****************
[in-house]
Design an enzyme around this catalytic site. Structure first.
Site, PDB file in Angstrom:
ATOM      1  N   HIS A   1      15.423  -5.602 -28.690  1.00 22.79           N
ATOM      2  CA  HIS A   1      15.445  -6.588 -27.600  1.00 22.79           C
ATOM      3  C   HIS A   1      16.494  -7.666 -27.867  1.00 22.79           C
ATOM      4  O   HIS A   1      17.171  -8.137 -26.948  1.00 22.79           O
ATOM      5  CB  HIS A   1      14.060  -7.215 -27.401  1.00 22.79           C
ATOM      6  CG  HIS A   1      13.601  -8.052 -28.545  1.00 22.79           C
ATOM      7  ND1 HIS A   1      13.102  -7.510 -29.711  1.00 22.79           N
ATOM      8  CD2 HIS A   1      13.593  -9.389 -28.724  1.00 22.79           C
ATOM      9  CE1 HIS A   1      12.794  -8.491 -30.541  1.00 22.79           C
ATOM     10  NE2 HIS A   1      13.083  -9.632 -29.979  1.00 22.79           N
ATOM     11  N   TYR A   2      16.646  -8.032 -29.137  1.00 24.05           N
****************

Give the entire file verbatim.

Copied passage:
[in-house]
Design an enzyme around this catalytic site. Structure first.
Site, PDB file in Angstrom:
ATOM      1  N   HIS A   1      15.423  -5.602 -28.690  1.00 22.79           N
ATOM      2  CA  HIS A   1      15.445  -6.588 -27.600  1.00 22.79           C
ATOM      3  C   HIS A   1      16.494  -7.666 -27.867  1.00 22.79           C
ATOM      4  O   HIS A   1      17.171  -8.137 -26.948  1.00 22.79           O
ATOM      5  CB  HIS A   1      14.060  -7.215 -27.401  1.00 22.79           C
ATOM      6  CG  HIS A   1      13.601  -8.052 -28.545  1.00 22.79           C
ATOM      7  ND1 HIS A   1      13.102  -7.510 -29.711  1.00 22.79           N
ATOM      8  CD2 HIS A   1      13.593  -9.389 -28.724  1.00 22.79           C
ATOM      9  CE1 HIS A   1      12.794  -8.491 -30.541  1.00 22.79           C
ATOM     10  NE2 HIS A   1      13.083  -9.632 -29.979  1.00 22.79           N
ATOM     11  N   TYR A   2      16.646  -8.032 -29.137  1.00 24.05           N